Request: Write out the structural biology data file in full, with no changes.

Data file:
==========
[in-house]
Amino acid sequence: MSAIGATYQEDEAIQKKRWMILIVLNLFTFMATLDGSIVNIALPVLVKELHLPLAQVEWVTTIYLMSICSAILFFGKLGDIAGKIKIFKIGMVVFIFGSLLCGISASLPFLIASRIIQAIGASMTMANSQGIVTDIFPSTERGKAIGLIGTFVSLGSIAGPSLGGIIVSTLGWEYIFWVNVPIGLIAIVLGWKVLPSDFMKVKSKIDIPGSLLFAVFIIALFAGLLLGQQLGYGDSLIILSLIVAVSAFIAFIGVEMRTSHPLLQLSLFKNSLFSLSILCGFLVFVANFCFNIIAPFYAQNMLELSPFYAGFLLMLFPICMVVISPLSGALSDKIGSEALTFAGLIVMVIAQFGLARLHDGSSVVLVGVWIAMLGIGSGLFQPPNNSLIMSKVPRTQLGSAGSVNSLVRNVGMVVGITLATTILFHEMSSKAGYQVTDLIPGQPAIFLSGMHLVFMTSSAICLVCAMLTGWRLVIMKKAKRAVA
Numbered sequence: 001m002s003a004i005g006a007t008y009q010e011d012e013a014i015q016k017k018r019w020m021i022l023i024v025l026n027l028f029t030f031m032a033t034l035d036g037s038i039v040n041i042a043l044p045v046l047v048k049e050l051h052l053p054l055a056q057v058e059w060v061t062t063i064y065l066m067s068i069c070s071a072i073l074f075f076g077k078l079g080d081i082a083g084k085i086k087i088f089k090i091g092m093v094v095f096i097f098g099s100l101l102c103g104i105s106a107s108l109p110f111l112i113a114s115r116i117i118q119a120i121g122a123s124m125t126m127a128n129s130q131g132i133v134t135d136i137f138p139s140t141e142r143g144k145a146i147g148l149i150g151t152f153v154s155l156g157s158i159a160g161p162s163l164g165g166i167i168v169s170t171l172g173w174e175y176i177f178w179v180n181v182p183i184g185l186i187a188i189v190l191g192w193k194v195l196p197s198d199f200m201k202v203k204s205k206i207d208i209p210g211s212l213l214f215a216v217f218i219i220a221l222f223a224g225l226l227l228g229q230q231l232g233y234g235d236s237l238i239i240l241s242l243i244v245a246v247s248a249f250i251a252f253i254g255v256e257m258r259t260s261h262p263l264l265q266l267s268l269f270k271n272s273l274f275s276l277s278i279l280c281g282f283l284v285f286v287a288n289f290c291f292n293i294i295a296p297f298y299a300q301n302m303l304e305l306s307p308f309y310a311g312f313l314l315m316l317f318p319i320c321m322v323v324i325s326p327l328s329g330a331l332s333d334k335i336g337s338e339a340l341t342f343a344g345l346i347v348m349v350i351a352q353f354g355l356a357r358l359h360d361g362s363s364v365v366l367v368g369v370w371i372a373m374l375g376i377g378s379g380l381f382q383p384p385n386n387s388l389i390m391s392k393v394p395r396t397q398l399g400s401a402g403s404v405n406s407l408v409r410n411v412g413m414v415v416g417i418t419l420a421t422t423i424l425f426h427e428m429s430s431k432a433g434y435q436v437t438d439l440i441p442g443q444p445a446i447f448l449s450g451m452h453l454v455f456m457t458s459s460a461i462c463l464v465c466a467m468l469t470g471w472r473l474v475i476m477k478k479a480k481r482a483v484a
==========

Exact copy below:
[in-house]
Amino acid sequence: MSAIGATYQEDEAIQKKRWMILIVLNLFTFMATLDGSIVNIALPVLVKELHLPLAQVEWVTTIYLMSICSAILFFGKLGDIAGKIKIFKIGMVVFIFGSLLCGISASLPFLIASRIIQAIGASMTMANSQGIVTDIFPSTERGKAIGLIGTFVSLGSIAGPSLGGIIVSTLGWEYIFWVNVPIGLIAIVLGWKVLPSDFMKVKSKIDIPGSLLFAVFIIALFAGLLLGQQLGYGDSLIILSLIVAVSAFIAFIGVEMRTSHPLLQLSLFKNSLFSLSILCGFLVFVANFCFNIIAPFYAQNMLELSPFYAGFLLMLFPICMVVISPLSGALSDKIGSEALTFAGLIVMVIAQFGLARLHDGSSVVLVGVWIAMLGIGSGLFQPPNNSLIMSKVPRTQLGSAGSVNSLVRNVGMVVGITLATTILFHEMSSKAGYQVTDLIPGQPAIFLSGMHLVFMTSSAICLVCAMLTGWRLVIMKKAKRAVA
Numbered sequence: 001m002s003a004i005g006a007t008y009q010e011d012e013a014i015q016k017k018r019w020m021i022l023i024v025l026n027l028f029t030f031m032a033t034l035d036g037s038i039v040n041i042a043l044p045v046l047v048k049e050l051h052l053p054l055a056q057v058e059w060v061t062t063i064y065l066m067s068i069c070s071a072i073l074f075f076g077k078l079g080d081i082a083g084k085i086k087i088f089k090i091g092m093v094v095f096i097f098g099s100l101l102c103g104i105s106a107s108l109p110f111l112i113a114s115r116i117i118q119a120i121g122a123s124m125t126m127a128n129s130q131g132i133v134t135d136i137f138p139s140t141e142r143g144k145a146i147g148l149i150g151t152f153v154s155l156g157s158i159a160g161p162s163l164g165g166i167i168v169s170t171l172g173w174e175y176i177f178w179v180n181v182p183i184g185l186i187a188i189v190l191g192w193k194v195l196p197s198d199f200m201k202v203k204s205k206i207d208i209p210g211s212l213l214f215a216v217f218i219i220a221l222f223a224g225l226l227l228g229q230q231l232g233y234g235d236s237l238i239i240l241s242l243i244v245a246v247s248a249f250i251a252f253i254g255v256e257m258r259t260s261h262p263l264l265q266l267s268l269f270k271n272s273l274f275s276l277s278i279l280c281g282f283l284v285f286v287a288n289f290c291f292n293i294i295a296p297f298y299a300q301n302m303l304e305l306s307p308f309y310a311g312f313l314l315m316l317f318p319i320c321m322v323v324i325s326p327l328s329g330a331l332s333d334k335i336g337s338e339a340l341t342f343a344g345l346i347v348m349v350i351a352q353f354g355l356a357r358l359h360d361g362s363s364v365v366l367v368g369v370w371i372a373m374l375g376i377g378s379g380l381f382q383p384p385n386n387s388l389i390m391s392k393v394p395r396t397q398l399g400s401a402g403s404v405n406s407l408v409r410n411v412g413m414v415v416g417i418t419l420a421t422t423i424l425f426h427e428m429s430s431k432a433g434y435q436v437t438d439l440i441p442g443q444p445a446i447f448l449s450g451m452h453l454v455f456m457t458s459s460a461i462c463l464v465c466a467m468l469t470g471w472r473l474v475i476m477k478k479a480k481r482a483v484a